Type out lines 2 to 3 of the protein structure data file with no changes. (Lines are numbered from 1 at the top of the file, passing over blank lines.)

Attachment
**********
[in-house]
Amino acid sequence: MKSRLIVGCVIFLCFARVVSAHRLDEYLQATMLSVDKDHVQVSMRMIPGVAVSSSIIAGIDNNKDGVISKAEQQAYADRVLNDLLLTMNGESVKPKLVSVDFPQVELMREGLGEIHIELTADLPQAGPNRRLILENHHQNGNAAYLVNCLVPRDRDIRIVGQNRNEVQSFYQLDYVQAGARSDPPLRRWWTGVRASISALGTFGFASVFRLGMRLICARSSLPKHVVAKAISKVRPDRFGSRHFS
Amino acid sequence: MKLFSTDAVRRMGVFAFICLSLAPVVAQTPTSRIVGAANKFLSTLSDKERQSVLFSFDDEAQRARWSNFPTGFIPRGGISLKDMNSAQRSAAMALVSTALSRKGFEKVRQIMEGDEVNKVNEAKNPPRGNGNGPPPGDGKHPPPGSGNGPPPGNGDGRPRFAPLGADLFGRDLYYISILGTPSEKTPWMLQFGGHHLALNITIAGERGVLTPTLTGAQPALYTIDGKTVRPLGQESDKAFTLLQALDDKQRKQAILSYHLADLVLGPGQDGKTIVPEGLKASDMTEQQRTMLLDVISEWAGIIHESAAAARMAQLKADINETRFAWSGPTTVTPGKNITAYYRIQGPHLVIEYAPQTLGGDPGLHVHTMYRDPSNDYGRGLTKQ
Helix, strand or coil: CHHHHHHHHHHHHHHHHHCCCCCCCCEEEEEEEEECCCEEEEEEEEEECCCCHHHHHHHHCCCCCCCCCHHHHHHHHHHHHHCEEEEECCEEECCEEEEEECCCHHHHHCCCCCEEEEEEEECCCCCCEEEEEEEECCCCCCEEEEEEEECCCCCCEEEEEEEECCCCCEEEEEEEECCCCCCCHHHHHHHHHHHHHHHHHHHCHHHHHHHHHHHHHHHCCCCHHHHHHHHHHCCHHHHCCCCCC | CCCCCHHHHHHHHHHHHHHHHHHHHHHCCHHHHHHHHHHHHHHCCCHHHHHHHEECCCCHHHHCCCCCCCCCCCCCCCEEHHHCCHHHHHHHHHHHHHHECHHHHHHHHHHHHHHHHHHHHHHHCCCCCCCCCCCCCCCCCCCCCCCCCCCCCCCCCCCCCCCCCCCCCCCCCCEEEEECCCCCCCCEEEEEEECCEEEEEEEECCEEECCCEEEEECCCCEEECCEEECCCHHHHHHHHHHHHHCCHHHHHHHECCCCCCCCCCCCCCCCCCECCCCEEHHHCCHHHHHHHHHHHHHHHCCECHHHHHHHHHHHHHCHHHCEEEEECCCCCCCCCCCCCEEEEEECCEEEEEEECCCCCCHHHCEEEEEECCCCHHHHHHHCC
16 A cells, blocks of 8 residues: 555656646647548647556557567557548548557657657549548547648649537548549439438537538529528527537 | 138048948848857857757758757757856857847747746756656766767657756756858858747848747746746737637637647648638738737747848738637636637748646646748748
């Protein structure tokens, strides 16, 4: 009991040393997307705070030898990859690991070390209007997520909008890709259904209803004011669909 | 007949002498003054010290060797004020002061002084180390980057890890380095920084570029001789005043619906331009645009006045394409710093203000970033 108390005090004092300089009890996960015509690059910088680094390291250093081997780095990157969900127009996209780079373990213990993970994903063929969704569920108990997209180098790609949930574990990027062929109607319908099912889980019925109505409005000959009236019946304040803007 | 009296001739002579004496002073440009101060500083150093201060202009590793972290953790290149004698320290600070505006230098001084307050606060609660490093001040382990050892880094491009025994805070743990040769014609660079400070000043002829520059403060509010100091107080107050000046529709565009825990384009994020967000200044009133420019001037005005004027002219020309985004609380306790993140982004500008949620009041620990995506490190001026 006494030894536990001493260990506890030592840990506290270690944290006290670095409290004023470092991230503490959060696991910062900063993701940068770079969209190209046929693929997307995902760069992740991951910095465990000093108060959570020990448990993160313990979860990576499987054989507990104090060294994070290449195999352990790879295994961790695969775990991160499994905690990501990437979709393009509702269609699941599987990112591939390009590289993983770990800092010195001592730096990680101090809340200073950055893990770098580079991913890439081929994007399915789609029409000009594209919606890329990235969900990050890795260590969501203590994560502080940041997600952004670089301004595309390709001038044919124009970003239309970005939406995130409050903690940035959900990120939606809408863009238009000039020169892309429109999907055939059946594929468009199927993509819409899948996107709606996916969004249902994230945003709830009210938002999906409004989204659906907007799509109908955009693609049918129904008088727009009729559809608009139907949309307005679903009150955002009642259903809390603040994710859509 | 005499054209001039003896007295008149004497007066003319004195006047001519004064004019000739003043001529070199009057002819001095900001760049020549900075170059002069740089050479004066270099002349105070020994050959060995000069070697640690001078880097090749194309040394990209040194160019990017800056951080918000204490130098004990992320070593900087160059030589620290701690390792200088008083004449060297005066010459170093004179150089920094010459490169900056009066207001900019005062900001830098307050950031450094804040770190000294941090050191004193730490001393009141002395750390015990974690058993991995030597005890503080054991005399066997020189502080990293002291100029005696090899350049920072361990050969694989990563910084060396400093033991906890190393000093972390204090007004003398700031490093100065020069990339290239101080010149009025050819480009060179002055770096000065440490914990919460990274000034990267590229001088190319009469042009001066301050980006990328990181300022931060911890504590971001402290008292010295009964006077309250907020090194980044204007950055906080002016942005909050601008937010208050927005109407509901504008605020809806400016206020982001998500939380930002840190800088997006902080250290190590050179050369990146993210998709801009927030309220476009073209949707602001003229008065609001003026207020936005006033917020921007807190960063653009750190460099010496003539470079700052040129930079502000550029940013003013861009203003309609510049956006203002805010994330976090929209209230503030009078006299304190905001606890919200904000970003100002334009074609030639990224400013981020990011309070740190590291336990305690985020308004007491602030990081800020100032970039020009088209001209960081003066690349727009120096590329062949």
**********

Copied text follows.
Amino acid sequence: MKSRLIVGCVIFLCFARVVSAHRLDEYLQATMLSVDKDHVQVSMRMIPGVAVSSSIIAGIDNNKDGVISKAEQQAYADRVLNDLLLTMNGESVKPKLVSVDFPQVELMREGLGEIHIELTADLPQAGPNRRLILENHHQNGNAAYLVNCLVPRDRDIRIVGQNRNEVQSFYQLDYVQAGARSDPPLRRWWTGVRASISALGTFGFASVFRLGMRLICARSSLPKHVVAKAISKVRPDRFGSRHFS
Amino acid sequence: MKLFSTDAVRRMGVFAFICLSLAPVVAQTPTSRIVGAANKFLSTLSDKERQSVLFSFDDEAQRARWSNFPTGFIPRGGISLKDMNSAQRSAAMALVSTALSRKGFEKVRQIMEGDEVNKVNEAKNPPRGNGNGPPPGDGKHPPPGSGNGPPPGNGDGRPRFAPLGADLFGRDLYYISILGTPSEKTPWMLQFGGHHLALNITIAGERGVLTPTLTGAQPALYTIDGKTVRPLGQESDKAFTLLQALDDKQRKQAILSYHLADLVLGPGQDGKTIVPEGLKASDMTEQQRTMLLDVISEWAGIIHESAAAARMAQLKADINETRFAWSGPTTVTPGKNITAYYRIQGPHLVIEYAPQTLGGDPGLHVHTMYRDPSNDYGRGLTKQ